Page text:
May 23, 2024

Get in the Moment…of your Workout!

Get Fit Quick Tip:

Get in the Moment!

Are you in the moment of your workout? Or are you preoccupied about what you have to accomplish later, worried about this and that, distracted by to-do lists? Stay present in the moment of your workout for better mental focus, and better physical results.

Here’s how to get in the moment of your workout:

Set workout mini-goals. Each workout should serve a purpose, and therefore have a goal. Every exercise you perform should be chosen for its desired outcome.

Stay present. Consider your workout as the time during your day where you don’t have to think about work, schedules or other commitments. Stay present in your workout by focusing only on the current rep, the current set.

Breathe through each rep. Every lift and every lowering phase of your rep, should include an inhale or an exhale. Focused and mindful breathing is an effective method to clear your mind of distractions.

Eliminate self-talk. Regardless of what your body is doing, often your mind is full of internal dialogue, conversations and opinions. Reduce the self-talk by counting out your pace for each rep.


Train your Mind.

Get Fit Quick Tip:

Train your Mind.

Doubts about meeting your fitness goal? Normal. Unsure you’ll be able to keep up with your exercise program? Understandable. Anxious about your physical capabilities? Common. The answer is in training your mind by adopting a regular workout mantra. A mantra uses positive thinking to empower your mind, and in turn your body. Improving your mental fitness takes specificity and repetition, and is well worth the effort. Harness your mental power and strength by practicing just a few minutes throughout your day. Here’s how it works:

A mantra should begin with “I am…” or “I have…” For example, “I am a strong, steady and powerful runner.” Choose a sentence or phrase that includes your personal power words, and uses vocabulary in the present tense as if you’ve already reached your goal.  Recite your mantra regularly during your workout and during your day in general. Your mantra will act to silence the negative self-talk, and re-focus your efforts. Consider your mantra as your mental fitness program.

How’s your Mental Fitness? By Jennifer Austin

Fitness is not only about the body, but the mind as well. Try a few of these mental fitness moves to boost inspiration and motivation.

Race! That’s right, compete! For some reason, as adults we sometimes think we can’t or shouldn’t be competitive or admit wanting to win. However, striving to be the best or wanting to place in your age group, paying attention to time splits and wanting to pass others on the course is perfectly acceptable in athletic competition. Go ahead; keep time on a stop watch, push hard, announce wanting to finish first or set a personal record!  Bringing some friendly competition into your exercise routine will peak interest and involvement as you’ll be less likely to miss a workout when your ego is on the line.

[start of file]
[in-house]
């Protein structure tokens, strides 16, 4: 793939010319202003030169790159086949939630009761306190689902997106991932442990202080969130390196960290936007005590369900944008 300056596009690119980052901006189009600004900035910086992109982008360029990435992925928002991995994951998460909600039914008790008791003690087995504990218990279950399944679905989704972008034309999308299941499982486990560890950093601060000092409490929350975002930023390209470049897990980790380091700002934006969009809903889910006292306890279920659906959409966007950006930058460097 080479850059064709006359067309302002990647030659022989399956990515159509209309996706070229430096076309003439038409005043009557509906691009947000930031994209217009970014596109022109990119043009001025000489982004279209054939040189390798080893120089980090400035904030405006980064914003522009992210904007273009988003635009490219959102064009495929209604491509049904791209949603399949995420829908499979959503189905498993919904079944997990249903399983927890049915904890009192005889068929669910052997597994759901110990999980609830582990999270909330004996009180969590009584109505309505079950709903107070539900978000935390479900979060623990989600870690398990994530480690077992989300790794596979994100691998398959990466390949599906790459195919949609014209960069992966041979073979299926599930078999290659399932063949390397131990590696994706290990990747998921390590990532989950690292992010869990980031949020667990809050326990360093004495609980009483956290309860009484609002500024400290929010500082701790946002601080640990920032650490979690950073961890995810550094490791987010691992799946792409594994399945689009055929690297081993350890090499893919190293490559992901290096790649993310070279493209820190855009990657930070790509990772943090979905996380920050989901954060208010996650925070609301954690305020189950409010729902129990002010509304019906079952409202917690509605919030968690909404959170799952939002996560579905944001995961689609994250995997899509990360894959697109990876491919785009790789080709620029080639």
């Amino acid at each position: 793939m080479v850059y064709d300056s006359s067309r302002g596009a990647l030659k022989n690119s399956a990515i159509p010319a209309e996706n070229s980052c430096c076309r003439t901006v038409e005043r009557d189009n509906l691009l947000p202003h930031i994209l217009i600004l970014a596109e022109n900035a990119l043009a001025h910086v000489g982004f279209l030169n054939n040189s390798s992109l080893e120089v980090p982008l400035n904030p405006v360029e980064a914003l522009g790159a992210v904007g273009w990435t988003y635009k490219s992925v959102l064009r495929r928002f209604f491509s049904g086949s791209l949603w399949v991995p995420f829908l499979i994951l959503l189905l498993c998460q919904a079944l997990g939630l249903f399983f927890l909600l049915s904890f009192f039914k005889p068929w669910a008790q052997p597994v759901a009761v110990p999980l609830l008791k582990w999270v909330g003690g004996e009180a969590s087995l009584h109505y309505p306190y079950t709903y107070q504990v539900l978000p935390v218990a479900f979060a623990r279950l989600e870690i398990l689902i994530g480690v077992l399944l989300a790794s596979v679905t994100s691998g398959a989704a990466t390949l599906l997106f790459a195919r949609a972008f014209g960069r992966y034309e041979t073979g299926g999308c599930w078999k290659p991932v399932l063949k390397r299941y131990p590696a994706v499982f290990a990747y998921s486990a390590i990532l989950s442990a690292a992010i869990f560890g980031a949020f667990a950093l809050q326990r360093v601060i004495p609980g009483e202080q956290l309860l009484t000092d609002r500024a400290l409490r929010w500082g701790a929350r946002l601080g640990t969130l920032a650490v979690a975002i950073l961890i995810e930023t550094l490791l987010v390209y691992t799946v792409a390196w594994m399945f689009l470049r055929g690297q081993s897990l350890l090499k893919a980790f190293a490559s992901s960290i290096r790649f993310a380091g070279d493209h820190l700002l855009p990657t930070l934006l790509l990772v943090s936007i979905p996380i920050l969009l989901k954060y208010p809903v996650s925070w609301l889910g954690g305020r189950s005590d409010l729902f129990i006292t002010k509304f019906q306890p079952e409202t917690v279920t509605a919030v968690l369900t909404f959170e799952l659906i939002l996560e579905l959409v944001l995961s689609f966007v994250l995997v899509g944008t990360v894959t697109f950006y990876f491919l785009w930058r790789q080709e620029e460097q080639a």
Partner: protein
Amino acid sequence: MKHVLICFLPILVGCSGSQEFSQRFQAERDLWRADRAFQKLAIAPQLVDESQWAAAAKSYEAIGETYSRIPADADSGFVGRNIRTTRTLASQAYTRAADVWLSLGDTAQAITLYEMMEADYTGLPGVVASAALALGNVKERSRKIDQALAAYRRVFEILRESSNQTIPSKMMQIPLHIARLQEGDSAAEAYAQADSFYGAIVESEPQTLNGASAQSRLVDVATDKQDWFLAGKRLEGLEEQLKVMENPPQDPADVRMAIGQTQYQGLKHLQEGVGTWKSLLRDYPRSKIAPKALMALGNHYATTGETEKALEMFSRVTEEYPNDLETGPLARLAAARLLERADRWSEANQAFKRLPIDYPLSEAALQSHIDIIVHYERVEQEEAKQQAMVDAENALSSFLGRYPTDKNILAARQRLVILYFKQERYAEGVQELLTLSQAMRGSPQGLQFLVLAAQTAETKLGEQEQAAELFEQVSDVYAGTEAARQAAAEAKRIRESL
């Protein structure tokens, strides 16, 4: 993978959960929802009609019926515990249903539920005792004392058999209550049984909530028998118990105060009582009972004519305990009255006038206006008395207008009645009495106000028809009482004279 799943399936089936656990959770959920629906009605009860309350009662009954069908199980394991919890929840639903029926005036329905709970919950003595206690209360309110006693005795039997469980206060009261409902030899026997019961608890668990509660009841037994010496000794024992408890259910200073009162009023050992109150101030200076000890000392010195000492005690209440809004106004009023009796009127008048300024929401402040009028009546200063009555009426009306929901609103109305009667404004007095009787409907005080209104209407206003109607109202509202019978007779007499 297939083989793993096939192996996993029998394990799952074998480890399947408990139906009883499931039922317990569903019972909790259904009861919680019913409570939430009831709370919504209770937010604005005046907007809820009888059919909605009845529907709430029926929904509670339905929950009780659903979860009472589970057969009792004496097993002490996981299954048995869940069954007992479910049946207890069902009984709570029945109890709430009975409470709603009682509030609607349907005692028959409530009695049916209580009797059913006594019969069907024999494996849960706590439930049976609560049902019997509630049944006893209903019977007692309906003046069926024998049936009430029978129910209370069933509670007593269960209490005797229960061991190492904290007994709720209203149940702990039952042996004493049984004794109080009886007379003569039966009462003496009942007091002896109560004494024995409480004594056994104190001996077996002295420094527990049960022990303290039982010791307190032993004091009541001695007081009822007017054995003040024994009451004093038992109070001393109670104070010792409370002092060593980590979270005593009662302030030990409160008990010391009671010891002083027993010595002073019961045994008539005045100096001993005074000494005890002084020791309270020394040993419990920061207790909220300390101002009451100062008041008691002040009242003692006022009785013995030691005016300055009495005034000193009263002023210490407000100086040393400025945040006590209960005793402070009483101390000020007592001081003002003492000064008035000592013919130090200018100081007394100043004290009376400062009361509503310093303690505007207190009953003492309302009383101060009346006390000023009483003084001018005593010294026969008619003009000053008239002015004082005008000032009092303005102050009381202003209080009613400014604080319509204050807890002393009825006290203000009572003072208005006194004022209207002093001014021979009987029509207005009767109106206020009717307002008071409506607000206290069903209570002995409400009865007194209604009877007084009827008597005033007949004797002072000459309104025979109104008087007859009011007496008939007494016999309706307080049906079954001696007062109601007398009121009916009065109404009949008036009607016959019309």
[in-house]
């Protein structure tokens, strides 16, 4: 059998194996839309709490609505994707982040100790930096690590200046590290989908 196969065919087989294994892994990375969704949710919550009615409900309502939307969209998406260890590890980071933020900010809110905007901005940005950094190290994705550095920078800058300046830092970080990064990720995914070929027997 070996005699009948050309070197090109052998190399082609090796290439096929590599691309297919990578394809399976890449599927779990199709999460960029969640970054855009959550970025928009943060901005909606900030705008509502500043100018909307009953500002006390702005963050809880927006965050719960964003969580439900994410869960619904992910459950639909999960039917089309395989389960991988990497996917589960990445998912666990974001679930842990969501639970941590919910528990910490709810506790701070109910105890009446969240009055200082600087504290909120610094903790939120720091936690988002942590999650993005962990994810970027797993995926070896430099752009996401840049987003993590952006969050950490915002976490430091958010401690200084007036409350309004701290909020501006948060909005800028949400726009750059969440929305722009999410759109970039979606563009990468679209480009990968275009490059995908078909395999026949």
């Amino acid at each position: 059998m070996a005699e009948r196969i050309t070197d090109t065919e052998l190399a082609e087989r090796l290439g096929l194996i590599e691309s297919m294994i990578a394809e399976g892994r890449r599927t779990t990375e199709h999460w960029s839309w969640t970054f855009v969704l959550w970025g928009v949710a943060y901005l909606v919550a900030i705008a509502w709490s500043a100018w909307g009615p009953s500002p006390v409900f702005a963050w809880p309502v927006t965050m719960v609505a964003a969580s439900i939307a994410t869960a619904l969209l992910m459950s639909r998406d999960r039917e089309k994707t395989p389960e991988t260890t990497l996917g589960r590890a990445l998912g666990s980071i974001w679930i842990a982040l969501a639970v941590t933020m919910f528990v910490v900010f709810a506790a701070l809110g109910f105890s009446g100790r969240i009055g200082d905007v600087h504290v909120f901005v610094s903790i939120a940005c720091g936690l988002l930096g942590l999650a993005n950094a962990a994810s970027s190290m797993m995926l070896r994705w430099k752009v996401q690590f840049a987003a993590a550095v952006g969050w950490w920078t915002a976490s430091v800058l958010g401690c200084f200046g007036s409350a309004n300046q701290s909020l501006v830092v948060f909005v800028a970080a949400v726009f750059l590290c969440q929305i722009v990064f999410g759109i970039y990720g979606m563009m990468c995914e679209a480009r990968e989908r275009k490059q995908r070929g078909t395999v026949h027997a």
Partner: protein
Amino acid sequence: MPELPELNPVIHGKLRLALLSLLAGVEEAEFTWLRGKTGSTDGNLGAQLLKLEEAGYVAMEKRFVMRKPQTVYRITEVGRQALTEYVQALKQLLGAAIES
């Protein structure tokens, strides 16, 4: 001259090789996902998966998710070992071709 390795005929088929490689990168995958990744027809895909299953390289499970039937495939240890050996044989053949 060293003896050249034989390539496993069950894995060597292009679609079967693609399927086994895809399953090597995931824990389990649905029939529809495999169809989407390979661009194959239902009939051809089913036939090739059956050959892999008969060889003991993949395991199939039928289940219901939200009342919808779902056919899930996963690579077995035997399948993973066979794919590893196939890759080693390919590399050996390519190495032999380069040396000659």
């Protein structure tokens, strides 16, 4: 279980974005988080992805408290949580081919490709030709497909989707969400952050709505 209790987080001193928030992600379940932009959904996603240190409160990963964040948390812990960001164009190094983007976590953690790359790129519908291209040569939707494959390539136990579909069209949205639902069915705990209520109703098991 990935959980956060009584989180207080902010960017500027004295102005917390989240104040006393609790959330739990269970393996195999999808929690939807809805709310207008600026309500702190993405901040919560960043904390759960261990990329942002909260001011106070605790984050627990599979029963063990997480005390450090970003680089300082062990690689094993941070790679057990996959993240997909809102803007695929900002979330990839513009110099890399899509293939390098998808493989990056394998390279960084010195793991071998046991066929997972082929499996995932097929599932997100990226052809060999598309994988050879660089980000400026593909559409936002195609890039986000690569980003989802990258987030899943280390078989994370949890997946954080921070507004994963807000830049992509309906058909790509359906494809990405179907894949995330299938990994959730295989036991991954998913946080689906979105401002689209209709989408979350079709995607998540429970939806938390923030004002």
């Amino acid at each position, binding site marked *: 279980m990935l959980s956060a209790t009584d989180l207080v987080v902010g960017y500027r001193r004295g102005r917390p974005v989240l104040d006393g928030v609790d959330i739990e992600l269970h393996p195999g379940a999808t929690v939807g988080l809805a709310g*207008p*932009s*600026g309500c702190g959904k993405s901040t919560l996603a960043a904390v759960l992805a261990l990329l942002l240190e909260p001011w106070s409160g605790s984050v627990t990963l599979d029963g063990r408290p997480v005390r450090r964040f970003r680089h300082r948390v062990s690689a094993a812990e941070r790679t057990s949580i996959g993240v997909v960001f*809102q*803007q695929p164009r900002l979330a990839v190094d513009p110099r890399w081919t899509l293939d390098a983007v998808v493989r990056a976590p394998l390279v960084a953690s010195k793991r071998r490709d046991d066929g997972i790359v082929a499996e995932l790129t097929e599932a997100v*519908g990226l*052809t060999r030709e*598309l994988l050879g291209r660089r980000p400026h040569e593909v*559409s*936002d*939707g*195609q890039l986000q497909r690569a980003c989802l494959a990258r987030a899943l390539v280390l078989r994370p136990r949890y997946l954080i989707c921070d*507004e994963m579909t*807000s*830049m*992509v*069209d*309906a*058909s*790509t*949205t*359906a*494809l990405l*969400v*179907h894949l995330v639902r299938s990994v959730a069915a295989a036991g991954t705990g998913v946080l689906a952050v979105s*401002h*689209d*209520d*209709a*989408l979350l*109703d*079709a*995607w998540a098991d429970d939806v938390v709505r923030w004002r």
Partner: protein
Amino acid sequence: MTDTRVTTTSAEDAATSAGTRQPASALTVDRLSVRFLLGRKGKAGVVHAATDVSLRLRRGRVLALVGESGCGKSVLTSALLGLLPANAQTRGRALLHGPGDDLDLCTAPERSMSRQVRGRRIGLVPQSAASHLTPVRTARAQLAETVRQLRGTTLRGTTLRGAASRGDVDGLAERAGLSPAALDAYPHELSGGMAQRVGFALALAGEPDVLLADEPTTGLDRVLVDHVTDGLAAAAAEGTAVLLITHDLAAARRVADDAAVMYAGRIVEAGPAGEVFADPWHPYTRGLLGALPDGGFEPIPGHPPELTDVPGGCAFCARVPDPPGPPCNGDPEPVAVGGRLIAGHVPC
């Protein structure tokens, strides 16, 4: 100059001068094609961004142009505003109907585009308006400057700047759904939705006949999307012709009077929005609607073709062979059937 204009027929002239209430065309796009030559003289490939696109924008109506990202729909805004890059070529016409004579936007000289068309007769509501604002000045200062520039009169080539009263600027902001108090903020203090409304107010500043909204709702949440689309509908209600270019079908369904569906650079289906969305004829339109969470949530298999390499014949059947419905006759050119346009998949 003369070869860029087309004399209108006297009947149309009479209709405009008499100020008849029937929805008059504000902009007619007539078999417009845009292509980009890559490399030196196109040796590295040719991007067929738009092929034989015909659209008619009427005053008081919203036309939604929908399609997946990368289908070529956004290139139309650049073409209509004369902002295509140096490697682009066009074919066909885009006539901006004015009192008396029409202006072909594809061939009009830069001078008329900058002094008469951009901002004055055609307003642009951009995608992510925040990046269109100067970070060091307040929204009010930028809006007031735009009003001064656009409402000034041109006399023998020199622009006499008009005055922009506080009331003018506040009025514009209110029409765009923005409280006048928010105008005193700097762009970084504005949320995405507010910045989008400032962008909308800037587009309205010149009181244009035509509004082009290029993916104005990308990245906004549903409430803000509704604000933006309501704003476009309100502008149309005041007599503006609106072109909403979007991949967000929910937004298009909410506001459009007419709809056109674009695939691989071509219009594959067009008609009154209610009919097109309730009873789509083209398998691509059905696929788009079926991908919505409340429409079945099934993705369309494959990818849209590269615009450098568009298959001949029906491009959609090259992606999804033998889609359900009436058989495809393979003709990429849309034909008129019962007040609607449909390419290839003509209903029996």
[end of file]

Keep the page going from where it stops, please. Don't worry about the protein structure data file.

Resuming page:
Hone leadership skills. Why not send an evite to your friends, family or co-workers inviting them to a specific location each week for an outing such as a beach walk or neighborhood bike ride. If you’re the leader, organizer or point person for the group, you’ll be guaranteed to show up! With a meager 15-20 minute time investment each week, you could send fun fitness email tips to club members every so often, send links to healthy recipes, offering fun home-made prizes for the most improved or most consistent participant each season or year will also maintain interest. Have some fun, keep it light hearted and on task. Host a wrap up pot luck at the park once a quarter or once a year, invite spouses and others to expand the group. The momentum that builds toward wellness will keep the group (and you) on track, as well as setting new fitness goals.

Take in a change of scenery. For example, pack your bike and heading to a neighboring town or city for your regular Saturday ride will eliminate exercise staleness. Carpooling with friends to a different area of town for our long run is also a fun option to mix up the mundane same old running route. Conduct a search online for information pertaining to the specific activity, including roads, and safety notes, then invite some friends and embark on a fitness focused road-trip. Having to refer to a map or notes on the new area, along with new and different scenery will keep you engaged and interested.

Do YOU have what it takes? Sarah Stanley offers wisdom gained from endurance athletics.

Sarah Stanley is an ultra endurance athlete who is passionate about her faith, eating real food, fitness and helping others! She’s completed 22 marathons, 11 ultramarathons, countless half marathons, plus 2 cycling adventures (DC to NYC and San Francisco to San Diego.) Allow her wisdom and encouragement to empower YOU to challenge your own fitness!